Every day, you interact with various applications. Some are installed on your personal computer, others on servers managed either by your organization by vendors.  Your applications might come from a multitude of service providers, in-house or on the Cloud.

For many of those applications, you need to authenticate—to tell the applications who you are—so that the app can present the information that pertains to you. Sometimes this happens automatically. When your email client connects to the mail server, you read your emails, not those of your co-workers. Your email client has authenticated you against your mail server because you entered a username or email address, a password and some other data, way back when.

You often need to use different sign-ins for different apps. When you log in tor you Questionmark OnDemand portal, for instance, you enter a different username and password than the one you used to unlock your computer earlier today, (Your organization’s data security policy does not allow you to  store your organizational password in other systems.)

Want to learn more? I’ll be discussing this topic and more at the Questionmark Conference 2016 in Miami, April 12-15. Register before March 3 to take advantage of our final early-bird discounts.

Problem: Unrecognized username or password

You’ve logged in for your exam, but you get an error message. Maybe you mistyped the password? Second try. Nope; same results. You must have forgotten your password. You start an instant message window with your internal IT help desk. “Sorry, we don’t manage Questionmark OnDemand. Can you use its password reset function?”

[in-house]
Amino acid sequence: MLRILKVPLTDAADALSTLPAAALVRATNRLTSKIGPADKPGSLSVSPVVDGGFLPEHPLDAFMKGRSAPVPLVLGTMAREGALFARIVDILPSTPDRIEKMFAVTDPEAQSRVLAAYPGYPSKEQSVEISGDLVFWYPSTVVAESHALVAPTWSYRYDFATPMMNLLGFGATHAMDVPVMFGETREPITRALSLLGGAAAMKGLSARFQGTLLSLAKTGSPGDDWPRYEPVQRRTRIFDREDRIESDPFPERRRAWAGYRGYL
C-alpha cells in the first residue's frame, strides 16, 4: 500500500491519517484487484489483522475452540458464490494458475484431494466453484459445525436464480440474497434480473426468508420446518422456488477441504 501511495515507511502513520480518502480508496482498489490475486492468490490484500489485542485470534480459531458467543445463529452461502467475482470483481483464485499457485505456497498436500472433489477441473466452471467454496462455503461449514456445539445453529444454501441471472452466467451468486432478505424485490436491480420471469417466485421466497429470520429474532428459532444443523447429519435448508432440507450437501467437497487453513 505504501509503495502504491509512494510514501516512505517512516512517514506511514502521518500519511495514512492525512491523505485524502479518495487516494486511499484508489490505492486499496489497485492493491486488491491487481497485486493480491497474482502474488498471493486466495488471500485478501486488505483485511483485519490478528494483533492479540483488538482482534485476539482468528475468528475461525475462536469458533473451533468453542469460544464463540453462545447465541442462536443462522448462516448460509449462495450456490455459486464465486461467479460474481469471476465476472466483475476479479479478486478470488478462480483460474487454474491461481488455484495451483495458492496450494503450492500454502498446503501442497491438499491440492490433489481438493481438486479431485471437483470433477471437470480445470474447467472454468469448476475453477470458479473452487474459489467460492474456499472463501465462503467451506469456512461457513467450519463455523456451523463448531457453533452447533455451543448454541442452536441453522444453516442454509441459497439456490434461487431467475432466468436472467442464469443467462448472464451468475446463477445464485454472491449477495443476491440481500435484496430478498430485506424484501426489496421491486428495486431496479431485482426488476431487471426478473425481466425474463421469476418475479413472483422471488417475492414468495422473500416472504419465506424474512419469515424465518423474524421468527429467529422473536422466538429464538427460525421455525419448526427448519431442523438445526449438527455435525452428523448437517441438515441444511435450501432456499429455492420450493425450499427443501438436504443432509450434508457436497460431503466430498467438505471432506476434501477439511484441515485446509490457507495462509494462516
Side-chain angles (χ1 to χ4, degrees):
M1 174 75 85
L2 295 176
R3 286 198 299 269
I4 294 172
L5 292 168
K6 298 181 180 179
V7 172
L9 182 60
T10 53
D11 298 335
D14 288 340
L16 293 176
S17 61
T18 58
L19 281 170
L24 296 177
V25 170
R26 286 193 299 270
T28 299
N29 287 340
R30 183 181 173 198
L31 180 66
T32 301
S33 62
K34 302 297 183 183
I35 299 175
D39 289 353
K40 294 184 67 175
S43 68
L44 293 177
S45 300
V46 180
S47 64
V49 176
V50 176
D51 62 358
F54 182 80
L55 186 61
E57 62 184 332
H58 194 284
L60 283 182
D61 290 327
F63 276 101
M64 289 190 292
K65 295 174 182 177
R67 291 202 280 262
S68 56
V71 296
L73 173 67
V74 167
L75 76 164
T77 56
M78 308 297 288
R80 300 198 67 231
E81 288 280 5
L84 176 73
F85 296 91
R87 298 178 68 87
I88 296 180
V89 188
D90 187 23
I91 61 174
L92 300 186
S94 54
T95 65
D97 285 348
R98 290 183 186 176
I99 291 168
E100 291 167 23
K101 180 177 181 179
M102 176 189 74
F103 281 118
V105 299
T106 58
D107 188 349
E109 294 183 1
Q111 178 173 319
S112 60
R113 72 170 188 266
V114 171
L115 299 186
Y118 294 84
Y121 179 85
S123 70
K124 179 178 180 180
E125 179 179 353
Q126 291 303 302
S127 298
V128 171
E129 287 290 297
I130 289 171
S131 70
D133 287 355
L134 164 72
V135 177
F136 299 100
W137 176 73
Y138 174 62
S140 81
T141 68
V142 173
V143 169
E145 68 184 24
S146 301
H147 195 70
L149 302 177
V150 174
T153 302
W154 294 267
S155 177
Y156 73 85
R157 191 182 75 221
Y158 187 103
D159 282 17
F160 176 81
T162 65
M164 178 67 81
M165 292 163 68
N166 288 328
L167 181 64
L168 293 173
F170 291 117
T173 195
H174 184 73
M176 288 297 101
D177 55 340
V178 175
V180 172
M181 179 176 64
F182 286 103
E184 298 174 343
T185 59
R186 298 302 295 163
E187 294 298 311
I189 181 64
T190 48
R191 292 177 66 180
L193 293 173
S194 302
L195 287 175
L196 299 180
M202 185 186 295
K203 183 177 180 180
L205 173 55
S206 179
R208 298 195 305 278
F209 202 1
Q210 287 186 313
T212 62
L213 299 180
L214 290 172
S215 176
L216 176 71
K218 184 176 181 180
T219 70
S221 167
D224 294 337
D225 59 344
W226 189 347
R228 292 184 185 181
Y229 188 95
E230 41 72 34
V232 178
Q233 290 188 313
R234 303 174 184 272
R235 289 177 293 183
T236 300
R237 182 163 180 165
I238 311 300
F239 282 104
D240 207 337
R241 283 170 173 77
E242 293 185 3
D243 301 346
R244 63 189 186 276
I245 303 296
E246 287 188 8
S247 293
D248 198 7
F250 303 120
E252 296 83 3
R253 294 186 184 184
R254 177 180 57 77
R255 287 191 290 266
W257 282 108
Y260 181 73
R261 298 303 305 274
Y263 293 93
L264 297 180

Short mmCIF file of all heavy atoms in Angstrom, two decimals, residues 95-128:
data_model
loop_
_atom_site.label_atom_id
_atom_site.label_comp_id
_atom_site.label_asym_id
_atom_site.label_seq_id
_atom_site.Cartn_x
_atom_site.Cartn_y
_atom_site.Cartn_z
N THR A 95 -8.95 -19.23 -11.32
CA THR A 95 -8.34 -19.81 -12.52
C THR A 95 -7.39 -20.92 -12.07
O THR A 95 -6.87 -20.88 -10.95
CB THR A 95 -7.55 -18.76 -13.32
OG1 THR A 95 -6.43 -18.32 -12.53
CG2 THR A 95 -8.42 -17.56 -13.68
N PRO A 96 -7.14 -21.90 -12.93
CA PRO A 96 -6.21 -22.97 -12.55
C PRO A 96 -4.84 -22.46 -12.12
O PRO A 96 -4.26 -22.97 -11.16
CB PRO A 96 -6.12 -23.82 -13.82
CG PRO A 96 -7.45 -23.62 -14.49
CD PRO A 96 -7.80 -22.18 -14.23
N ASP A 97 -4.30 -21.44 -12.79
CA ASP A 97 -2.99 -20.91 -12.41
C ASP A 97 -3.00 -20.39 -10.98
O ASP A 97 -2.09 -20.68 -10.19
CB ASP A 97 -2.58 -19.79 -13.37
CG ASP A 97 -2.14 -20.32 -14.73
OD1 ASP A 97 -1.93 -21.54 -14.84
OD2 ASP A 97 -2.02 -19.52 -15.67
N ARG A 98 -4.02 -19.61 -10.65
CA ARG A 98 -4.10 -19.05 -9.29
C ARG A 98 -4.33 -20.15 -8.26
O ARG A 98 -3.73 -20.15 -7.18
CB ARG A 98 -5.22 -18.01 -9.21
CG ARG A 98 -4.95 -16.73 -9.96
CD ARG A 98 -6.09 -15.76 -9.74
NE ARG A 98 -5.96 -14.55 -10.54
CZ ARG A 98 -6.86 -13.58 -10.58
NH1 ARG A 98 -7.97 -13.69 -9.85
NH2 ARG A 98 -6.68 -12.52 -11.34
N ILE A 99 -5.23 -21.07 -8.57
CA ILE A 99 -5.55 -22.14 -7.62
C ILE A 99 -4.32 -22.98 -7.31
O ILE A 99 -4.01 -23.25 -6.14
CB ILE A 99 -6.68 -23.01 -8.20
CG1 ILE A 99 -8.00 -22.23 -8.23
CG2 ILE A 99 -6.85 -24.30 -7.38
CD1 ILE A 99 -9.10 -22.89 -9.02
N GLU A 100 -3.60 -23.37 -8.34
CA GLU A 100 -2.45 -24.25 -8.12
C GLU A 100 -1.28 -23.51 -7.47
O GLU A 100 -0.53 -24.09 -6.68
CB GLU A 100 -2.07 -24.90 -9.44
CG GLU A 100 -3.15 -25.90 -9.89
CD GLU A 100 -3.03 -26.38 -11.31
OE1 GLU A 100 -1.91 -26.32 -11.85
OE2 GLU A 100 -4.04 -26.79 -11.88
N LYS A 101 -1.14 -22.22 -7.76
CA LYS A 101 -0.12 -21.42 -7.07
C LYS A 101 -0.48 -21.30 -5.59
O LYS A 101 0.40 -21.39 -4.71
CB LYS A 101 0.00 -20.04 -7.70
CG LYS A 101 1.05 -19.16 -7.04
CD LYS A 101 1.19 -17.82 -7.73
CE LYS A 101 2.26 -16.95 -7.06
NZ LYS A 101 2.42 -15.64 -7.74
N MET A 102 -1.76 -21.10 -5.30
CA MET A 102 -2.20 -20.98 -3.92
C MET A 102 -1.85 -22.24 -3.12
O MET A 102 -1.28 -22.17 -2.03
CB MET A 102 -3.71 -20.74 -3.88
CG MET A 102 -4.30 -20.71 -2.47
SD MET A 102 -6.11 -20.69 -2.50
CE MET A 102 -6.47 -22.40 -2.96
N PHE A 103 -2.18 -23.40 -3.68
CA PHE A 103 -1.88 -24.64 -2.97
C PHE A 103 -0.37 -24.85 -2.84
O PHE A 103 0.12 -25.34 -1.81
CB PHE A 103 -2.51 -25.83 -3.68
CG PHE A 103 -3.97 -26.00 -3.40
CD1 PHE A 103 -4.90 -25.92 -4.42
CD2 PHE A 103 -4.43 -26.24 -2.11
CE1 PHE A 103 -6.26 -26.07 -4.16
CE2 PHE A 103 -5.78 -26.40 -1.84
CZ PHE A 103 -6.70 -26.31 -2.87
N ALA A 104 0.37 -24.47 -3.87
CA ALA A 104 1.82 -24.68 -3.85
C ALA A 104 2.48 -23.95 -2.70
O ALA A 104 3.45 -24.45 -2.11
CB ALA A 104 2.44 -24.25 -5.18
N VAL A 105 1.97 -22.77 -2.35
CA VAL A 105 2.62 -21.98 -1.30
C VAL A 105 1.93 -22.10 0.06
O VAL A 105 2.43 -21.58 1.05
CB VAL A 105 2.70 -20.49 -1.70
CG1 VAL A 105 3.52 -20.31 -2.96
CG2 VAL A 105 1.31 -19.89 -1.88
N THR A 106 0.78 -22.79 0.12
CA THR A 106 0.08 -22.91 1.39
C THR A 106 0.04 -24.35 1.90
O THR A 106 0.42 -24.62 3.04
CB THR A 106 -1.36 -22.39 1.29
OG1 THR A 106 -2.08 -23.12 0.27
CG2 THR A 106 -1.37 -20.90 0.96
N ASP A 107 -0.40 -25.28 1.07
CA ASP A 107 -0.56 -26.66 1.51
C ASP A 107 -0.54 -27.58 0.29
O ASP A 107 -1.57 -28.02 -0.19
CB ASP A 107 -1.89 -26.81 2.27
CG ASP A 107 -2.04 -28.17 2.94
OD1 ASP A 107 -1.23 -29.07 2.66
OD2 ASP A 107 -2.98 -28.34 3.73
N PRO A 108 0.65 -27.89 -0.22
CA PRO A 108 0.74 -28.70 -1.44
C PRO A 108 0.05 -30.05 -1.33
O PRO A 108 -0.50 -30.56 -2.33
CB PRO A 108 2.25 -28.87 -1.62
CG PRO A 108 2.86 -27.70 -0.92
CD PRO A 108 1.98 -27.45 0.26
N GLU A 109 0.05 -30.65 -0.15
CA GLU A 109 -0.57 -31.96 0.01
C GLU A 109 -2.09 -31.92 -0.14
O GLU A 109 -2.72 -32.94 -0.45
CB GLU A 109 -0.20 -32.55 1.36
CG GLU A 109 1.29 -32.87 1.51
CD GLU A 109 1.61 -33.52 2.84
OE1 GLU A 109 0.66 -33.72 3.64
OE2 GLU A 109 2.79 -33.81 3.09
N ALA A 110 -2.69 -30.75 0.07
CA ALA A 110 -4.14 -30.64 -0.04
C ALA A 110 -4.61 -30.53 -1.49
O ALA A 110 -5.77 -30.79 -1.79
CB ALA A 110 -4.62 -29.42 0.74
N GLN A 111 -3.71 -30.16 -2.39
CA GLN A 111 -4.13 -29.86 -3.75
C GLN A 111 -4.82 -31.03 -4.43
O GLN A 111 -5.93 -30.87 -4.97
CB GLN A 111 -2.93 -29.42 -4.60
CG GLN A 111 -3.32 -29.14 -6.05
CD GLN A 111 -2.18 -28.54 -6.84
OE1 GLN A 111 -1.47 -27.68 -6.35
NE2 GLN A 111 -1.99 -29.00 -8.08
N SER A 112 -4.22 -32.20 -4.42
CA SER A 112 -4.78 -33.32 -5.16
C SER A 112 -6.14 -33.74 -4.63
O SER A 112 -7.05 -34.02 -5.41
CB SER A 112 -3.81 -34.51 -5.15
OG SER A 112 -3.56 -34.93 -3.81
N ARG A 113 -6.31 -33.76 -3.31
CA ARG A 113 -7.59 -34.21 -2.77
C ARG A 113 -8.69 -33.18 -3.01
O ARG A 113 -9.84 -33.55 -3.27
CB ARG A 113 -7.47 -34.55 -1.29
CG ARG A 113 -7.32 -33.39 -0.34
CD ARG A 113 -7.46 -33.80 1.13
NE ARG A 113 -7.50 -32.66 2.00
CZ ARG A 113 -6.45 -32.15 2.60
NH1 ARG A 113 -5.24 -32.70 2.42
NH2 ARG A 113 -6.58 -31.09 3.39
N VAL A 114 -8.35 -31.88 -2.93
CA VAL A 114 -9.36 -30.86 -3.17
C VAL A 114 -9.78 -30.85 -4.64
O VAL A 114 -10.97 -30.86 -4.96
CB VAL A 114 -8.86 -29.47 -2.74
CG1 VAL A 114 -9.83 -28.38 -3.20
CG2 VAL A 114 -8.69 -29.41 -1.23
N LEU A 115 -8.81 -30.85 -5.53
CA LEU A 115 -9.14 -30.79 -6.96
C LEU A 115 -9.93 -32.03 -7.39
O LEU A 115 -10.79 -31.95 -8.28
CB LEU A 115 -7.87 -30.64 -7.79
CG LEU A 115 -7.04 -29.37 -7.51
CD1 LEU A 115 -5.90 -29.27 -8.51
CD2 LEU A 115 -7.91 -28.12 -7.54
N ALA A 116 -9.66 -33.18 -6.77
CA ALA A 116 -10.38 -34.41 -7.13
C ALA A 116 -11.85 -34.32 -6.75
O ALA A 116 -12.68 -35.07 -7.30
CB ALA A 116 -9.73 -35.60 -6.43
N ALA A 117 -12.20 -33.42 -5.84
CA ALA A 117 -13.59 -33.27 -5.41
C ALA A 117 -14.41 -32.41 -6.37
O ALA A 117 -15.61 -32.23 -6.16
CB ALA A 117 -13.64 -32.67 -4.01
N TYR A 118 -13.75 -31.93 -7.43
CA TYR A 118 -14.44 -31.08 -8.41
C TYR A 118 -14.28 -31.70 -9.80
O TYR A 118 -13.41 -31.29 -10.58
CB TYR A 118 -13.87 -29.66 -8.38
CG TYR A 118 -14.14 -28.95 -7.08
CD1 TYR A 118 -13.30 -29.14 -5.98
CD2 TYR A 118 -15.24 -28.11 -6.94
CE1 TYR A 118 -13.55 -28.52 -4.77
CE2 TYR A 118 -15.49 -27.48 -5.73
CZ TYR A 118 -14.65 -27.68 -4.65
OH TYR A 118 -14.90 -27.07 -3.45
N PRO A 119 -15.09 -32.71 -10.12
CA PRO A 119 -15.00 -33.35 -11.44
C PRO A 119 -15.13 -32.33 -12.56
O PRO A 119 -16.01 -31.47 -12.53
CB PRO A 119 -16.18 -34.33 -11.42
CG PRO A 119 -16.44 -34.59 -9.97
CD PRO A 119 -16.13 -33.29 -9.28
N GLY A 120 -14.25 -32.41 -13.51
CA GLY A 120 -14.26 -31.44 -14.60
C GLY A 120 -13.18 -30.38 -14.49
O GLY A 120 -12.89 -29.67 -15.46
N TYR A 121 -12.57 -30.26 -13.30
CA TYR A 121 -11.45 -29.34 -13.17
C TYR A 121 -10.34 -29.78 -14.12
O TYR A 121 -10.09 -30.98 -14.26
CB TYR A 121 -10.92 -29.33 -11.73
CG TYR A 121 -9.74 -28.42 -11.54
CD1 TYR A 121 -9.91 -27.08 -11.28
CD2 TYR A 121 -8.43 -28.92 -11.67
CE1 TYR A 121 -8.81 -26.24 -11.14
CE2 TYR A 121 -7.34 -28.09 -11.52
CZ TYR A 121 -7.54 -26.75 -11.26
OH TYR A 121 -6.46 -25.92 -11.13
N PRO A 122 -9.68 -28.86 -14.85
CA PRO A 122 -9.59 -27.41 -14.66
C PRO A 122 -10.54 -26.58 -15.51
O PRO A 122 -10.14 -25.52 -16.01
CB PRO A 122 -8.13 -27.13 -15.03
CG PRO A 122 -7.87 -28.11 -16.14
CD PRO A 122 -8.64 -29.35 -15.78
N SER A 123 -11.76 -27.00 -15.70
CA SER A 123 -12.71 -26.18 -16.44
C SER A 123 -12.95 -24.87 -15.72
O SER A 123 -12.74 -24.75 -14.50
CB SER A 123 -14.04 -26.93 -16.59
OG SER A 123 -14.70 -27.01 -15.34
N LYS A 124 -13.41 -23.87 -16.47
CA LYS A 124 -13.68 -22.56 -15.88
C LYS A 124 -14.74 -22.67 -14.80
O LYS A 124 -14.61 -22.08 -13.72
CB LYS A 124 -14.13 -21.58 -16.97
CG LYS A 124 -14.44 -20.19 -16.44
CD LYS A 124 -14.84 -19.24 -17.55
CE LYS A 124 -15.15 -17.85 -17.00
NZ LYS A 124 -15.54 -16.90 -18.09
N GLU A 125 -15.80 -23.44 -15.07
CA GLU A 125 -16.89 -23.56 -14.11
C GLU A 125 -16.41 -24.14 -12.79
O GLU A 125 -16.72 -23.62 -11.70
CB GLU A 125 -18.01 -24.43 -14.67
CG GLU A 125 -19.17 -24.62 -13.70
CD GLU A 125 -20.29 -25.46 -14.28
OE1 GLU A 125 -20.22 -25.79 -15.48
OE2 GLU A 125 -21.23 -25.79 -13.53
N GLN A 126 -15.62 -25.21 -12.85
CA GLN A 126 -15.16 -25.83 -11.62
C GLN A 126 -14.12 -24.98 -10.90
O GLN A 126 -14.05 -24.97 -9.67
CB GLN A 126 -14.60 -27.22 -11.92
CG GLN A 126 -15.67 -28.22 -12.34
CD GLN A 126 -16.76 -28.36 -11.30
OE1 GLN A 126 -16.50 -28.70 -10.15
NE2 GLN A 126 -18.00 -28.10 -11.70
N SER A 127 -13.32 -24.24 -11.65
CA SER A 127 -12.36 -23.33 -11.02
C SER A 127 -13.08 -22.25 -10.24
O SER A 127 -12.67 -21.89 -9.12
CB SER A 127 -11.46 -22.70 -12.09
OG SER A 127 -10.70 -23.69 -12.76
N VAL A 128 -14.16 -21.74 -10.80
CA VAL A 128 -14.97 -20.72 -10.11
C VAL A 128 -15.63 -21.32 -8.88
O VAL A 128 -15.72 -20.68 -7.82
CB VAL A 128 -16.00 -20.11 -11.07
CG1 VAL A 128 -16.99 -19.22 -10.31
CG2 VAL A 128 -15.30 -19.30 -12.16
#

You go back to your Questionmark login page, get a secure on-time login and establish a new, permanent password that complies with the data security policy — “I better not forget my password this time,” you say to yourself as you finally start your data security test. “Isn’t there something more convenient?”

Solution: Single sign-on

We all find ourselves in similar situations, but with Single sign-on (SSO) we can avoid them.

Since, there are several definitions of SSO, here’s how I’ll define it in the context of this blog:

Single Sign-On (SSO) for software is the ability for one application, the identity provider, to tell another application, the service provider, who you are.

By identity provider, I mean a system that contains digital identity information—also known as people data—on users, For example, think of social network sites or Active Directory from Microsoft.

The service provider is the system that users work with to do something—say Questionmark OnDemand, in the case of your data security test.

With SSO, a user does not log on directly to the service provider. Instead, they log on to an identity provider, which then tells the service provider who the user is. The identity provider and service provider have been configured to trust each other. So when the identity provider says: “This is Jane Doe,” the service provider will trust and accept that.

It is important to note that SSO is therefore not about creating accounts with the same usernames and passwords—a prevalent mechanism for different service providers. SSO is about making those service providers accept what an identity provider says about a user.

Why SSO?

SSO comes with several advantages. Users can access all applications that are linked to their identity providers—using one username and password for multiple systems. Depending on the capabilities of the applications and how things have been set up, the authentication can be seamless. You might log on to your identity provider when you start your computer, and the other applications (service providers) you access during the day will automatically check with your identity provider without you having to enter your username and password again.